I prefer Ada, because I'm a fan of Ada Lovelace: "an English mathematician and writer, chiefly known for her work on Charles Babbage's early mechanical general-purpose computer, the Analytical Engine. Her notes on the engine include what is recognised as the first algorithm intended to be carried out by a machine. Because of this, she is often regarded as the first computer programmer."
[...]
Lovelace often questioned basic assumptions by integrating poetry and science.
[...]
Lovelace believed that intuition and imagination were critical to effectively applying mathematical and scientific concepts. She valued metaphysics as much as mathematics, viewing both as tools for exploring "the unseen worlds around us".'

https://en.wikipedia.org/wiki/Ada_lovelace

14
June 28, 2015 04:32 AM

I know a "Tiequn" who goes by T.Q. This works well for him because it sounds a lot like his name, but is easy for Americans to say. Lots of Americans go by their initials any way (and those letters really are his initials too, for his transliterated name).

You could be "Z.B." if you wanted.

Otherwise, I'd suggest that "Ben" is a very familiar name for Americans, and sounds somewhat like "Bing."

And there's nothing wrong with "Kevin" either.

I've had Chinese colleagues who did both -- changed their names or kept them. I sometimes feel quite self-conscious using the American names like "Frank" and "Tony" for someone who I know did not grow up called "Frank" or "Tony." It seems more friendly and comfortable to me when people go by their real names. I probably don't pronounce them correctly, though. I understand how hearing your name said incorrectly all the time could be worse than just going by a different name. But what I'm saying is, don't do it just because you assume your American colleagues would prefer you to. They probably don't mind trying to say your name if you don't mind them getting it wrong!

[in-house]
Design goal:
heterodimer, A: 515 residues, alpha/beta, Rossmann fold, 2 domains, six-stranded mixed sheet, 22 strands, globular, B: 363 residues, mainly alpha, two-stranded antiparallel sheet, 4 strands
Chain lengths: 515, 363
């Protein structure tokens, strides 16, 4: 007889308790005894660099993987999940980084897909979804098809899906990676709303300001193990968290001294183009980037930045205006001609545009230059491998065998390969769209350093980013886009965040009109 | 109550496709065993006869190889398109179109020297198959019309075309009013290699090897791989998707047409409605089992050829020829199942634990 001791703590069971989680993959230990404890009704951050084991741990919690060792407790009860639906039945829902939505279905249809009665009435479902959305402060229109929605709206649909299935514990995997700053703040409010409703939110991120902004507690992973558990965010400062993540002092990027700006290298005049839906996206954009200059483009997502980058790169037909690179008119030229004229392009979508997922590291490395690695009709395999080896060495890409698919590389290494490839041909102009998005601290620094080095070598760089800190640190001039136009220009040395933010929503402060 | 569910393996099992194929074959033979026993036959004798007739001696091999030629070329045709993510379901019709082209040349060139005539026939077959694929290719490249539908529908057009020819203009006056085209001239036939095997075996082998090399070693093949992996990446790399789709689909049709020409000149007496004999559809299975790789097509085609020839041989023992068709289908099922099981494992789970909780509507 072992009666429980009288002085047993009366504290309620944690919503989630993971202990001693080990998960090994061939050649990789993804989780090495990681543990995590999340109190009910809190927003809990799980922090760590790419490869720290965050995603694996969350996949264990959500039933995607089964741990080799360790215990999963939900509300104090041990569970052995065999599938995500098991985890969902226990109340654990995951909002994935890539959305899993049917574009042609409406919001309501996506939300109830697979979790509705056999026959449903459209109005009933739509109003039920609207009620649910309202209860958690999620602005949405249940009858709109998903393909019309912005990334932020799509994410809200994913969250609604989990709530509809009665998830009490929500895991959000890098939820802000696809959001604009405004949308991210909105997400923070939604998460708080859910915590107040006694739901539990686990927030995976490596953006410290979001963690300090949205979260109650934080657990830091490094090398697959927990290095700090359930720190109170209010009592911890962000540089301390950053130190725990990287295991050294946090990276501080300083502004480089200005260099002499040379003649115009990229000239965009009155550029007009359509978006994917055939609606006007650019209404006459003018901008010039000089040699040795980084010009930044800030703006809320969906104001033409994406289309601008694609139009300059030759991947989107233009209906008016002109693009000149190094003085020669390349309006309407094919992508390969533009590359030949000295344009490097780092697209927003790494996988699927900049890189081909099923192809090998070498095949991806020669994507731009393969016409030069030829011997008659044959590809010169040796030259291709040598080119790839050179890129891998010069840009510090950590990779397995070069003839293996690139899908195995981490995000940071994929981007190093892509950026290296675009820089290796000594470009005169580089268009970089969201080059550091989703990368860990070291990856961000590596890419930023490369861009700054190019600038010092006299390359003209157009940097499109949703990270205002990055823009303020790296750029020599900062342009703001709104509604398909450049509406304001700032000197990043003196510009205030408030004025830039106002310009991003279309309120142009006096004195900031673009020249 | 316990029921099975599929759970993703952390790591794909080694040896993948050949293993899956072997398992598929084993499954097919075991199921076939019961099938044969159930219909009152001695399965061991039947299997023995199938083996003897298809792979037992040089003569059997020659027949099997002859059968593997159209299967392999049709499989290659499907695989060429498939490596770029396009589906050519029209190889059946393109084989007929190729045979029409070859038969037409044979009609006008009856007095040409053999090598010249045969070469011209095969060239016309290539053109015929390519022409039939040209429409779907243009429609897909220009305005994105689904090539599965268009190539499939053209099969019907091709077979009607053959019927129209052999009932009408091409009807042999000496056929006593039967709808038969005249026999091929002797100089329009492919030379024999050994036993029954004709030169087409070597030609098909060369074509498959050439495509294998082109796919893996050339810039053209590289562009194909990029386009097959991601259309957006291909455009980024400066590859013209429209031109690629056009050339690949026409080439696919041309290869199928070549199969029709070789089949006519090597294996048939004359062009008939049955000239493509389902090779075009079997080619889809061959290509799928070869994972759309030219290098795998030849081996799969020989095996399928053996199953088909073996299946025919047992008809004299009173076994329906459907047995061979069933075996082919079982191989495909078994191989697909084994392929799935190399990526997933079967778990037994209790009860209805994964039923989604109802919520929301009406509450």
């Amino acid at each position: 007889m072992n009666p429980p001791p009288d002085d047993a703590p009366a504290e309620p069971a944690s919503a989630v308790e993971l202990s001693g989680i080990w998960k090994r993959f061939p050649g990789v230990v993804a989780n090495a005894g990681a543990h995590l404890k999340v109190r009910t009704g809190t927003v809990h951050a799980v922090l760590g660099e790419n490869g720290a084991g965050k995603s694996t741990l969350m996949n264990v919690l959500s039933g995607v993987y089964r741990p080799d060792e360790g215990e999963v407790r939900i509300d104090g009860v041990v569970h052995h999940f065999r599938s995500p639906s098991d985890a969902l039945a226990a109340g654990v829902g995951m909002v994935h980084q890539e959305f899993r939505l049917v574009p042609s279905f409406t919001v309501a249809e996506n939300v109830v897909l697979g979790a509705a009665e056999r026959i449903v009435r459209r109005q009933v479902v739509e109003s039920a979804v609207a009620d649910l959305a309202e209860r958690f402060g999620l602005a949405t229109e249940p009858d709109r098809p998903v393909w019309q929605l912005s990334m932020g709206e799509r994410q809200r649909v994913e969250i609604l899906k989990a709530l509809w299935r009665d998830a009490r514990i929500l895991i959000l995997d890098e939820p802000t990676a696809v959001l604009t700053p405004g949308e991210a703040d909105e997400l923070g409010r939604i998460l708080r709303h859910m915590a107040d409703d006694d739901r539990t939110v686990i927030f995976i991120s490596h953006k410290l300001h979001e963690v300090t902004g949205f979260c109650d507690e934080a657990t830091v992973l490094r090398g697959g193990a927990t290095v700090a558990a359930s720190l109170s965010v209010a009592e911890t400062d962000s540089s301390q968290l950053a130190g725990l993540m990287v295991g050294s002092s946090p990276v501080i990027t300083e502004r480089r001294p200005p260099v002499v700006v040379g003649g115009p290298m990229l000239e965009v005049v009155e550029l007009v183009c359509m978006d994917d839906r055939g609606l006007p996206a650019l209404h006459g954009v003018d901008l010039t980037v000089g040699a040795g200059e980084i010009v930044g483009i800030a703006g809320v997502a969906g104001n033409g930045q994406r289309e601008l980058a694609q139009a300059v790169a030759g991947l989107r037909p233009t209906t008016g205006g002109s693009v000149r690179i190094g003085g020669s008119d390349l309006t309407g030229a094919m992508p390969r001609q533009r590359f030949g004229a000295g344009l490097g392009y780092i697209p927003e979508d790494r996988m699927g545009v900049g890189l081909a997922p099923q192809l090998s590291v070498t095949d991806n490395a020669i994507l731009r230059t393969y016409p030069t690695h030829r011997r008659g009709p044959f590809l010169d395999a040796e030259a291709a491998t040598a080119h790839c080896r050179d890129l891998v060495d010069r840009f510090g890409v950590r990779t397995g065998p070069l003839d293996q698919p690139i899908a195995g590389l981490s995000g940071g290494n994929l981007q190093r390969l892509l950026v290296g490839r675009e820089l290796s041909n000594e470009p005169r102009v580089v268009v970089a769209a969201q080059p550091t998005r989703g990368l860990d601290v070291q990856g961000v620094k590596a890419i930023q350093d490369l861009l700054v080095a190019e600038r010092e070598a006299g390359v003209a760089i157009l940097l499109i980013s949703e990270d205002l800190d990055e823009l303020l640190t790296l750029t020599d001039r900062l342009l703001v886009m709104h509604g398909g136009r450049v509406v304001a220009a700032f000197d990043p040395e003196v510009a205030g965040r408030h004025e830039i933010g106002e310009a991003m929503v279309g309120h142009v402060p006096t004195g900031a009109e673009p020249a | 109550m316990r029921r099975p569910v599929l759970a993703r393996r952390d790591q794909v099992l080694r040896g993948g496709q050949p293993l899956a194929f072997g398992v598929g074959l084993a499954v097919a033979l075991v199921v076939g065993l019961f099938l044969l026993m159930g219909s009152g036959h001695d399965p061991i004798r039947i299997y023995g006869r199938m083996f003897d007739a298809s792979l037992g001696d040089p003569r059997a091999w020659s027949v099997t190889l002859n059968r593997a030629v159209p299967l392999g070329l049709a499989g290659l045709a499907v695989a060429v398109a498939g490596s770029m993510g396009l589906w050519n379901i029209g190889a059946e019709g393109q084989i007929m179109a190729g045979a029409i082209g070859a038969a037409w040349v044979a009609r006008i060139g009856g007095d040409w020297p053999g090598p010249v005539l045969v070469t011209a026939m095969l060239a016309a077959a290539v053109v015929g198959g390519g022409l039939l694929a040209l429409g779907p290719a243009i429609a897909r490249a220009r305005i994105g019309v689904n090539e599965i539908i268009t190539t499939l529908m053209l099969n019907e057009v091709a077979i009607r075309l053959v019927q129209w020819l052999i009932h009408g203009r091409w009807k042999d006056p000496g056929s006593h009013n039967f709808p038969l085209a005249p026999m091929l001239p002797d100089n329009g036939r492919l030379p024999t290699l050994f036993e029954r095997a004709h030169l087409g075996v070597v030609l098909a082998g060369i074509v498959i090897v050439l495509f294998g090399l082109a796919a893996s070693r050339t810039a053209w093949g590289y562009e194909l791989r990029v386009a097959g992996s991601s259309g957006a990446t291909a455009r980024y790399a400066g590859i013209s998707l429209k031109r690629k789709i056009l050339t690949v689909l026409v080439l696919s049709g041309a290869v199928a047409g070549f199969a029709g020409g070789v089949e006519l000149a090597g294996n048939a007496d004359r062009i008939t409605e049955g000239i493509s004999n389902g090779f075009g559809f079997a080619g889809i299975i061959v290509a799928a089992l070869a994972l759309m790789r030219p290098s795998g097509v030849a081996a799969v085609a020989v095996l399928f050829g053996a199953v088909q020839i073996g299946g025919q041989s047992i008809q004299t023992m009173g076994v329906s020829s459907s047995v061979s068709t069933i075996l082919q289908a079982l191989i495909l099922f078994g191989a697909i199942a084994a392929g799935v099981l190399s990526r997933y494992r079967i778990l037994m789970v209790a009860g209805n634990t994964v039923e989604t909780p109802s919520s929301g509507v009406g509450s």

15
June 25, 2015 06:34 AM

I agree with the comments that it will probably not be useful to you in choosing a name that you like since everyone has different tastes, but it is fun to talk about favorites. Not counting my kids names, and not ruling anything out because it's already used in the family or doesn't go with a last name or other kids' names or my husband doesn't like it...

I think for girls I would go with

 

Laura -- a name I've loved since childhood, when I was a huge fan of the Little House books. The soft "L" and "R" sounds give it an ethereal and romantic quality to me. It sounds like "Lore" and "soar" and even like "love"... I like "Lara" "Lila" "Lisa" and "Lily" a lot too. But Laura is the one I've loved the longest.

Elise - I love all the "El" names. The queenly names "Elizabeth" and "Eleanor" are also among my very favorites too, and I almost picked one of them for this top three list. But I knew a girl in first grade with this name, and admired it so much. I like the rhythm, I like that it sounds a bit foreign and exotic. I like that it's "Lisa" with the syllables reversed. :-)

Beatrice - I must've loved this as a child too, because I gave it to a very special doll. I almost like "Beatrix" better, because of the nickname "Trixie," but "Beatrice" is the form Dante used for his muse in the Divinie Comedy, and who could be more inspiring? It's a name with so much history (more royalty!), but so friendly and approachable, especially with the nicknames "Bea" and the more modern version "Tris."

 

For boys:

William - it was the name of an uncle I never met who died in Vietnam, and I grew up thinking of him as this noble hero, like a legend. Again with the royal history, too. And Shakespeare. And there were various "Will's" on TV and in books that I liked, from Lost in Space to His Dark Materials to Will and Grace. :-)

Benjamin - I'm such an admirer of Franklin. And you can't beat the sound of "Ben." It sounds like "Friend" and "Men" and "Win" (at least in my accent.) It just hits that sweet spot of "friendly, but with a dignified history," so perfectly.